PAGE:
Communication network licences are granted to mobile network operators for an eight-year period. Licences are
allocated to bidding companies on the basis that the companies meet a certain number of criteria. This includes
financial criteria, such as liquidity and gearing, and environmental criteria. Successive governments of TFS have
enacted environmental regulations and set environmental targets (such as carbon emissions and recycling rates)
which all companies operating in TFS have to achieve.

Beyond these minimum criteria, the licences are allocated to the highest bidders, the companies which offer the most
money for a licence. There are four current licensees and these were the four highest bidders in 2009, the last time
that the licences were granted. During the licence period, no new network operators can enter the market. All four
licensees are of a similar size, although their profitability varies (see Table one). The government is keen to ensure
that no one network provider dominates the market.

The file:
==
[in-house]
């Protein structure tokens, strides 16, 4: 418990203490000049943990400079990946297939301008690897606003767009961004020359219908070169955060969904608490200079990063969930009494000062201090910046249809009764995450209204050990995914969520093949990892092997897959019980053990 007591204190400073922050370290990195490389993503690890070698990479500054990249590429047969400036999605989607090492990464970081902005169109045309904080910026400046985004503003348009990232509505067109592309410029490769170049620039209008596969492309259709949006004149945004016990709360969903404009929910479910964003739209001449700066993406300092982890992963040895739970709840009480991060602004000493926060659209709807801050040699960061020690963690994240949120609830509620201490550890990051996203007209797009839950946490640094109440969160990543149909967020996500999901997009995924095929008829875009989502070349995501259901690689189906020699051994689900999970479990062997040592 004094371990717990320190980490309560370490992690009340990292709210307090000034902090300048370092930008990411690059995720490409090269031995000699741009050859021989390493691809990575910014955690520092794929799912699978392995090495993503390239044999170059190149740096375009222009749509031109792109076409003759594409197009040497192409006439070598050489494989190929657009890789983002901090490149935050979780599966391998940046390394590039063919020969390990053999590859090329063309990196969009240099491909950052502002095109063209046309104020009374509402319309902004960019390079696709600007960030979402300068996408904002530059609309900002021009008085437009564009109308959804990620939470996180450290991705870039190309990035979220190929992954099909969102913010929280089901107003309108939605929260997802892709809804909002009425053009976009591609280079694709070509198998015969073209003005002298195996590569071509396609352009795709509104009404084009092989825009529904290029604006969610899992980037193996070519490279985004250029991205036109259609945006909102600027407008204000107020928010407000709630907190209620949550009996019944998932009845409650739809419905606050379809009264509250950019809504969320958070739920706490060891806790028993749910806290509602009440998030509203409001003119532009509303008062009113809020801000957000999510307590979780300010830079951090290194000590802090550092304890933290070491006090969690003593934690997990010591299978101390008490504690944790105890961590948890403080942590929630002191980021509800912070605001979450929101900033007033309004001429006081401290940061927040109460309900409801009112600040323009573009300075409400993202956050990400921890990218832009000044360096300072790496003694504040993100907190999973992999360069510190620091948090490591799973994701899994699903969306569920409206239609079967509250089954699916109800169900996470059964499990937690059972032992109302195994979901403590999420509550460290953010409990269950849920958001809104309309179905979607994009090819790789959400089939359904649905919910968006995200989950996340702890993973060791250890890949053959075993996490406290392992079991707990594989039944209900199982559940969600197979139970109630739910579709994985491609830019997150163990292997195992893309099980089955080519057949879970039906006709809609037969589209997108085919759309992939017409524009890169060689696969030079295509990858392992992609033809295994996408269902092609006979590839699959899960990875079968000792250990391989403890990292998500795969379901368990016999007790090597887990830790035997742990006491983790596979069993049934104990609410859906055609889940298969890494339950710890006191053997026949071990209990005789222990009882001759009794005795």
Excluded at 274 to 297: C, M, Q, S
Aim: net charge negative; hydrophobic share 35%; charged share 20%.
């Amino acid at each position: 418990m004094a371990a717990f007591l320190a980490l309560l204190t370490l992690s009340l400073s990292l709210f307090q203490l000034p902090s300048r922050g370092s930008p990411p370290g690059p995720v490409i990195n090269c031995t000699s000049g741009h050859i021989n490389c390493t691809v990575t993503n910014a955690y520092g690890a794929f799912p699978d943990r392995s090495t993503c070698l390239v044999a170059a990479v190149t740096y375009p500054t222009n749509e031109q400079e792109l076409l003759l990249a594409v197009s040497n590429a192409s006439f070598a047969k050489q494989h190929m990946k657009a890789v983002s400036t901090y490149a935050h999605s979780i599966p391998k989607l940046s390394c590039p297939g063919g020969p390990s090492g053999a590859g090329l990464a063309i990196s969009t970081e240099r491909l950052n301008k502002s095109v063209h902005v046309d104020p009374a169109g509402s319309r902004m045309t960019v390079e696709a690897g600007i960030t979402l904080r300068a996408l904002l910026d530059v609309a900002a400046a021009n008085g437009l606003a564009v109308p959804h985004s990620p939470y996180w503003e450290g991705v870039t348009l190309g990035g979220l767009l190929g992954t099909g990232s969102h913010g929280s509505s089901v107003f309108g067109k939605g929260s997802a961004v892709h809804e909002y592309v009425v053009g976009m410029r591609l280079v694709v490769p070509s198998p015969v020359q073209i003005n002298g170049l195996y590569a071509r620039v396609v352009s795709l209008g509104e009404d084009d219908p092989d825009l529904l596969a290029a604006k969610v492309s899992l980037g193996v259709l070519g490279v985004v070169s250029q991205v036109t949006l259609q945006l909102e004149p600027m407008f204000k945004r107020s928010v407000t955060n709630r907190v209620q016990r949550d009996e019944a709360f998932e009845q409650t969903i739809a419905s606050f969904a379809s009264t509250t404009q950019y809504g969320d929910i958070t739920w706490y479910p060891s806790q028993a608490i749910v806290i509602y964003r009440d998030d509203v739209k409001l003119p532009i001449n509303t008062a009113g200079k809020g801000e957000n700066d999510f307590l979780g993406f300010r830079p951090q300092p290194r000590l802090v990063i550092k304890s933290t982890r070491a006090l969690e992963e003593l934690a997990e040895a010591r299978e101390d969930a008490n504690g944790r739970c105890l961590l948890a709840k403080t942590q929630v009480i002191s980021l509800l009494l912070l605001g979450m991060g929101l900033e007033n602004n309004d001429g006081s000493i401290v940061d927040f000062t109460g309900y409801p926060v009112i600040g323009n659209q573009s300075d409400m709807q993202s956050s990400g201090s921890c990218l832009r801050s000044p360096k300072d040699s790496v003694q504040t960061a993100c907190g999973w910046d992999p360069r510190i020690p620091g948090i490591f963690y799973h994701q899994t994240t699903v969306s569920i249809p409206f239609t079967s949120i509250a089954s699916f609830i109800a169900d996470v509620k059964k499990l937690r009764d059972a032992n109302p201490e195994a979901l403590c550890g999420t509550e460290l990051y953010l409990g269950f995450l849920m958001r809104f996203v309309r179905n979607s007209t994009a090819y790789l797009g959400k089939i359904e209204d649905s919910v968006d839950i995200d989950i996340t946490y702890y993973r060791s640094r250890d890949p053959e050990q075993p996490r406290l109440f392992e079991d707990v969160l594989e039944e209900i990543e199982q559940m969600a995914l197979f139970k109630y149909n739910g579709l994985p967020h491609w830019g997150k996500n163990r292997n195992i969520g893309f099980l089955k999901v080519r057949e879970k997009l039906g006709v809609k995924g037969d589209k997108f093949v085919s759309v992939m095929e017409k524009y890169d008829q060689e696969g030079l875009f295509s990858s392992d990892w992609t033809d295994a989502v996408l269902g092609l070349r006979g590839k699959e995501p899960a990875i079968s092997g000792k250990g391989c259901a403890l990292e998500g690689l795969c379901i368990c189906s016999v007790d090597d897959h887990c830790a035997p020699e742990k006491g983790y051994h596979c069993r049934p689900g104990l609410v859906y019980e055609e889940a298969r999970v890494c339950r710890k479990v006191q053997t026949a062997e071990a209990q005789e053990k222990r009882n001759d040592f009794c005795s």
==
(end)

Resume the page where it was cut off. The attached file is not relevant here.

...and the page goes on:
Table one: Comparative data (2014) for the four licensees
All figures in $m
Gross profit
Net profit





The licences are due for renewal in three years time. At present, the rules for licence granting are exactly the same
as for the previous licence allocation four licences given to the four applicants who fulfil the minimum criteria and
make the four highest bids. However, some government ministers are unhappy about this and are lobbying for a
change which favours bids from current licensees. The government has already stated that any of the current licensees
which fail to be reallocated a licence will be paid a $100m exit fee to help the losing company adjust to the loss of
its licence. This will be paid for by the company which is replacing them, and is in addition to the contract fee paid
by the successful bidder to the government. Some government ministers feel this bias towards current licensees
should go further. One government minister recently suggested that the help provided to us during the recent riots
should be acknowledged in some way. There has also been a suggestion that there should be more than four
licensees. This would increase competition and would also raise more money for national debt repayments. However,
except for introducing an exit fee, the government has not yet officially stated any changes to the rules on licence
The network operators are monitored by a regulator, Ofnet, appointed by the government. In general, Ofnet has been
supportive of the four current mobile network operators and it has openly praised their attitude and service on a